• Reflective jackets – although they are not a legal requirement, if you breakdown and have to get out and walk down the hard shoulder or on the road, you could be fined for not wearing one. So, probably best to have a couple in your car just in case.

• Headlight deflectors – you’ll need to adjust your headlights so as not to dazzle drivers in Spain. Check to see if you need stick on reflectors, you can adjust the lights manually or you need to visit a garage.

• GB sticker – if you don’t have euro plates, you’ll need to get yourself a GB sticker.

Note: A spare set of bulbs and the tools to change them used to be a legal requirement, but has now been changed to a recommendation.

Rules of the Road

There are a few unfamiliar rules that will most likely catch UK drivers out in Spain. Here’s a list of the main differences, but we’d certainly advise that you take some time to read up more thoroughly before you go.

• In Spain drivers are expected to give priority to cars coming from the right when approaching an intersection. And those already engaged in the roundabout have priority over those entering. If you’re on a secondary road, you must give way to drivers on the main road, whether they are coming from the right or the left.

• Trams and emergency vehicles have priority over other road users in all cases.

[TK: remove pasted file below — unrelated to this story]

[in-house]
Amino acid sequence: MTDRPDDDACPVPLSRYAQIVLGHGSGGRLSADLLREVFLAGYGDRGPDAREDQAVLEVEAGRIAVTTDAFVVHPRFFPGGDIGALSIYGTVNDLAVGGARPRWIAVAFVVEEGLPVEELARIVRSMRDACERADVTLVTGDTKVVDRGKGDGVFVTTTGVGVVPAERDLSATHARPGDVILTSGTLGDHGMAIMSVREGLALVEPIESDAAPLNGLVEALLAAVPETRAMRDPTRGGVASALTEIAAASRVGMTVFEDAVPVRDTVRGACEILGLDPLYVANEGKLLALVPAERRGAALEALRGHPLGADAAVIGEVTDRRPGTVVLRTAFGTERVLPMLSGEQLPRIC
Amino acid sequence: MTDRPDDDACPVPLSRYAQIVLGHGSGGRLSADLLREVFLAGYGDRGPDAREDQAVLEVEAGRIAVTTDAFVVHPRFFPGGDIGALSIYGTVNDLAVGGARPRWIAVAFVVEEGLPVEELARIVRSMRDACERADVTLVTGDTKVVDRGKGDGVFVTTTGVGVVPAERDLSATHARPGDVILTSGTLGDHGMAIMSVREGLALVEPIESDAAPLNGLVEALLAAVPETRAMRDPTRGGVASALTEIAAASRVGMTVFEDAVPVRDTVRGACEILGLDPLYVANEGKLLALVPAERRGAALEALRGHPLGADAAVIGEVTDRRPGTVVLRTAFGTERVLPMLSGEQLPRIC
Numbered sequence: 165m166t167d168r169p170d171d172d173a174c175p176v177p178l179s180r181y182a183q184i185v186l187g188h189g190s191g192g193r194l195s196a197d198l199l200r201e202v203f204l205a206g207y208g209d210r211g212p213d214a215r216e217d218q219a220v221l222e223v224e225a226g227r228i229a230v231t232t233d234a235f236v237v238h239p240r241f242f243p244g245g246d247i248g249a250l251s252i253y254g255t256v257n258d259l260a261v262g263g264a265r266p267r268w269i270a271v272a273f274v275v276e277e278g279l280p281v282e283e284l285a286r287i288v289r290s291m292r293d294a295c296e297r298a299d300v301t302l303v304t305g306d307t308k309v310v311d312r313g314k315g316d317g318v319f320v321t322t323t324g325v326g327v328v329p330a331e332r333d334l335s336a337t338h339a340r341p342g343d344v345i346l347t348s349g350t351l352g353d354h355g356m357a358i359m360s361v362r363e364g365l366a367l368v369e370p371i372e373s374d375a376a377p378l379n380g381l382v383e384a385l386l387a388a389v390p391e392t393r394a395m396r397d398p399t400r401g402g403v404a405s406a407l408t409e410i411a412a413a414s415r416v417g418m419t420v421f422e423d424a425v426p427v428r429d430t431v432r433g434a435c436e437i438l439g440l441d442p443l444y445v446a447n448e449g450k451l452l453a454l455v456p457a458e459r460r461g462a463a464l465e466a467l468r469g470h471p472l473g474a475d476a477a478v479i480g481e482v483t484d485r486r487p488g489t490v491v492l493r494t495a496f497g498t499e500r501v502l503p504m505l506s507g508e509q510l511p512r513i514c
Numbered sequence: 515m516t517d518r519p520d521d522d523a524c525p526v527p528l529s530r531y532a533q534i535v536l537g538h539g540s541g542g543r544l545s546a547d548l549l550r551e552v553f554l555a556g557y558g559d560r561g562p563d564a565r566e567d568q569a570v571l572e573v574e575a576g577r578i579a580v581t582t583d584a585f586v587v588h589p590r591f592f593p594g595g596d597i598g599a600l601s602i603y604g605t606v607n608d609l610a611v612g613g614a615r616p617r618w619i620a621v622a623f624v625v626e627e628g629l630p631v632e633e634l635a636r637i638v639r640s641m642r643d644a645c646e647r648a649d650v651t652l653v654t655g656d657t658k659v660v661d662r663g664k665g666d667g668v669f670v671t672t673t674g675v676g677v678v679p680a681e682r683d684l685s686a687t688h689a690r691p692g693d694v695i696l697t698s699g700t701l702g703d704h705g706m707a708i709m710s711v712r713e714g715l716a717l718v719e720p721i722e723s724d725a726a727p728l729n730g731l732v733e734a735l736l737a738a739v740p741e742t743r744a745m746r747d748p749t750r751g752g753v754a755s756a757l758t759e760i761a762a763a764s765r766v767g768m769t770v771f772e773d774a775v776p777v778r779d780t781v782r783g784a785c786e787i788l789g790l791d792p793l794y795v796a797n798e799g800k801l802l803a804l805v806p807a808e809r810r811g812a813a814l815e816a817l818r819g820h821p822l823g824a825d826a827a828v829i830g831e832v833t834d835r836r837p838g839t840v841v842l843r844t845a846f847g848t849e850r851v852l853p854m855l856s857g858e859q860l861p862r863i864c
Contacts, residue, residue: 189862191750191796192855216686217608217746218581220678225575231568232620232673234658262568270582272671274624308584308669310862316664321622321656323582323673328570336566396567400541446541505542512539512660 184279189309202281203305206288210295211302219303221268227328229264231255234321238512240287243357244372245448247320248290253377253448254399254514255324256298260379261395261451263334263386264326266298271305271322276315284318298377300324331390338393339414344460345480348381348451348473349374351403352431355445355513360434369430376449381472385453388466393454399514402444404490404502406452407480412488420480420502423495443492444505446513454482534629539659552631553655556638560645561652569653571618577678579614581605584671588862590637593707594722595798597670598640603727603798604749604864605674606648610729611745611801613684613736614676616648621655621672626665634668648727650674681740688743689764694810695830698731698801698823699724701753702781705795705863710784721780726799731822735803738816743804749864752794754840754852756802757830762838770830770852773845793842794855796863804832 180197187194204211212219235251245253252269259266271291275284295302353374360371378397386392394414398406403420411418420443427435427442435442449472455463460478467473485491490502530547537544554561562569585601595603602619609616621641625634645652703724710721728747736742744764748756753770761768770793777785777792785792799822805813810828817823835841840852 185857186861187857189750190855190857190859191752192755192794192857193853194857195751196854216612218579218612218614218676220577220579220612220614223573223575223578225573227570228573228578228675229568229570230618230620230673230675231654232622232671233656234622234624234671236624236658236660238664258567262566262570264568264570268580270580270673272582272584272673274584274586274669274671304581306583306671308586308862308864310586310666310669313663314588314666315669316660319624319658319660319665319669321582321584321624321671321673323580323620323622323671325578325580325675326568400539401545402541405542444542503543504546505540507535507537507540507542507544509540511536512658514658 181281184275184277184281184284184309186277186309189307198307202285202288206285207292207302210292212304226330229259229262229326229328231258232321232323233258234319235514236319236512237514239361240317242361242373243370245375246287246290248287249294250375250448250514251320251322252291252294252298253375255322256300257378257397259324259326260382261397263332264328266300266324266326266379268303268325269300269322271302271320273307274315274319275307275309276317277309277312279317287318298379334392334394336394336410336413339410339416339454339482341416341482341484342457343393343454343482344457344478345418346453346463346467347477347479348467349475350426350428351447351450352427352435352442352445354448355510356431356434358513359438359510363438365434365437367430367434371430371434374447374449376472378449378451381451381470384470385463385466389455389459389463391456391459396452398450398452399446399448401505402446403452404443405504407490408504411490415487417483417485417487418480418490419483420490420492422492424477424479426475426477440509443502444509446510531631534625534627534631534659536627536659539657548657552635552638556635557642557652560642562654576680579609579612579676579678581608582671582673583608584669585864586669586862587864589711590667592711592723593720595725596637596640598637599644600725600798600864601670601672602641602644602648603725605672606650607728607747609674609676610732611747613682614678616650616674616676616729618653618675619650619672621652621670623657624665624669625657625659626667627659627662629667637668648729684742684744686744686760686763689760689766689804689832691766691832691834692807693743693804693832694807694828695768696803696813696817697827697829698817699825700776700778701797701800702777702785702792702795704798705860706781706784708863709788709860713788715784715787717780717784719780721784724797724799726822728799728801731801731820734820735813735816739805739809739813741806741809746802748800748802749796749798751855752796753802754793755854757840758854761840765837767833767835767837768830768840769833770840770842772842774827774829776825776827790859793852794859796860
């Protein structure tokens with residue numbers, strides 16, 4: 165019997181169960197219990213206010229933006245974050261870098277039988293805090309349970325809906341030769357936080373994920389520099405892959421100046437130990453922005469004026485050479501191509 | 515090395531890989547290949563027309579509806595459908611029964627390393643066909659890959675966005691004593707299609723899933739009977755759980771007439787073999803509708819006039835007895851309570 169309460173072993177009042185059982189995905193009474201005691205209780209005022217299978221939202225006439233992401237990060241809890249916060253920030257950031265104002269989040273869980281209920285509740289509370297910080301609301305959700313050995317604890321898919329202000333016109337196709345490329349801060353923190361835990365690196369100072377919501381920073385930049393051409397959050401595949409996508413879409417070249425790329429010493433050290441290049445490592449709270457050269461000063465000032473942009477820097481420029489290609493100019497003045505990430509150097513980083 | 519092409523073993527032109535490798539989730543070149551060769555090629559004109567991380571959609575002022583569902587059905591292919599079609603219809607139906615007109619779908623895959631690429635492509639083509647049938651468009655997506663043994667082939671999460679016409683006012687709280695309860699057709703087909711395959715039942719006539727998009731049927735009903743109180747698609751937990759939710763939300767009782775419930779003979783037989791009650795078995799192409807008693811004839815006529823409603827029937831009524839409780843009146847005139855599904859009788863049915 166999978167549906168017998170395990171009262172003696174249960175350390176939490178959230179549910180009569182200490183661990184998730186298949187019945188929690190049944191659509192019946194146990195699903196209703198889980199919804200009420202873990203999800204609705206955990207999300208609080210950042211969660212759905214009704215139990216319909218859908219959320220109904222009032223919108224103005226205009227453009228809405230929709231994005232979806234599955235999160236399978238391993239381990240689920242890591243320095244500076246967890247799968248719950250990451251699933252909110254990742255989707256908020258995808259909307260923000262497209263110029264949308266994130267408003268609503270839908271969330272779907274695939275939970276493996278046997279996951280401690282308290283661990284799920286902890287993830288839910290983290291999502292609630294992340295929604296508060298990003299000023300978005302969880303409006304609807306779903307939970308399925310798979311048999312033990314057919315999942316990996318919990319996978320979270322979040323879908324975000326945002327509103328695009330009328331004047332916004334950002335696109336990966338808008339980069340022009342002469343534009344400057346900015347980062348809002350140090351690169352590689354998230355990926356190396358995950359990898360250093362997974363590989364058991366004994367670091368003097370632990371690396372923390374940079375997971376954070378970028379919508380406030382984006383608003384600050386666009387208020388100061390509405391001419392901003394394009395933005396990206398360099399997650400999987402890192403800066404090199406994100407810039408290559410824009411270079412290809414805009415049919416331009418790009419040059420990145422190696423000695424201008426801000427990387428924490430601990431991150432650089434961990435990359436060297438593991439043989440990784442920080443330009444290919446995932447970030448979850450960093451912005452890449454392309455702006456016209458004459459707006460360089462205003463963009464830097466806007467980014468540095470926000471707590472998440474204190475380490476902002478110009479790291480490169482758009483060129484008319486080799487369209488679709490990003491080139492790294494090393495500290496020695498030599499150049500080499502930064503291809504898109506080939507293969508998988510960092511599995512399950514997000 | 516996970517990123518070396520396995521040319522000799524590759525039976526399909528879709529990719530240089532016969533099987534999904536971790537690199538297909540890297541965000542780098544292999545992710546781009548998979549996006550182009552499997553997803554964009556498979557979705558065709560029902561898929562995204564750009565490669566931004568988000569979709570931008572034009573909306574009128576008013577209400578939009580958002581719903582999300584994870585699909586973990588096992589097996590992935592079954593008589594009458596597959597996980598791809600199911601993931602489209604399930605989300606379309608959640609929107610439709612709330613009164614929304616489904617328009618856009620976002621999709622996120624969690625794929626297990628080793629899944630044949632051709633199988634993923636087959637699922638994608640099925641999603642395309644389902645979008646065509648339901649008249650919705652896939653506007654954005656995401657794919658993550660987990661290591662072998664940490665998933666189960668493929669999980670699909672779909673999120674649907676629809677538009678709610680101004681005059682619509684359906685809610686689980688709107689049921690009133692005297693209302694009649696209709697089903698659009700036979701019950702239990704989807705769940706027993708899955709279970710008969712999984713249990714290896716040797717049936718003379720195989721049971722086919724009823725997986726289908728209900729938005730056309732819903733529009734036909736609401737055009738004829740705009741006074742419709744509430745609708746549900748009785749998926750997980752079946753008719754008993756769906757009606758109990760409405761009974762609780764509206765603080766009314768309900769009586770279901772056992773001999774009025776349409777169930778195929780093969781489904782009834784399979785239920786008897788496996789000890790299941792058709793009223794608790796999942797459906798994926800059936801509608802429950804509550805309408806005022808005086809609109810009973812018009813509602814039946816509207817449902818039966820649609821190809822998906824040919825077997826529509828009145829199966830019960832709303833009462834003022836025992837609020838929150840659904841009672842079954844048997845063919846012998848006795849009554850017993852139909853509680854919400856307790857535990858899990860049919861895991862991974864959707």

• Use of the horn is only allowed in urban areas when there’s immediate danger.And, if you do need to sound your horn, it must be brief. Some local authorities have banned the use of horns outright. If this is the case, you’ll see picture a bugle or horn inside a red circle with a bar across it. When you see this, you must use flash your lights as a warning instead.

• If you have children under the age of 12, who are less than 135cm tall, travelling in the front seat of your car, they’ll need to be restrained in a seat that’s suitable for their height and weight. The same child sitting in the rear seat would also need a child seat to travel legally.

• The drink drive limit for motorists in Spain is 0.5 gram per litre. If you’re a novice driver, that’s when you’ve been driving for less than three years, the figure drops to 0.3 grams per litre. If you’ve been involved in an accident, you will be automatically tested.

• The use of headphones or earphones is not allowed.

• The use of mobile phones is illegal, unless you have a hands-free device. Even then, it must be a hands-free device with no headphones attached.

• Car radios and mobiles must be switched off when you stop to refuel.

• You must use dipped headlights all the time in poor visibility.

• If you are the driver, it is your responsibility to make sure the cars number plates are visible.

• The use of equipment that detects speed cameras is still legal, but the use of any kind of radar jamming equipment is strictly banned. And it’s also illegal to warn other drivers of the presence of police officers too.

• The speed limits in Spain for standard cars, that are not towing anything, are below. They can be exceeded by 20km/h for passing slower moving vehicles.

Speed limits

Part two – done! Come back for Part three, which will cover the rules of the road for Italy.

Sources: The research for Zuto was carried out by Opinion Matters between: 26th May, 2016 and 02nd June, 2016. Sample: 1,455 UK Adults with a Full Driving Licence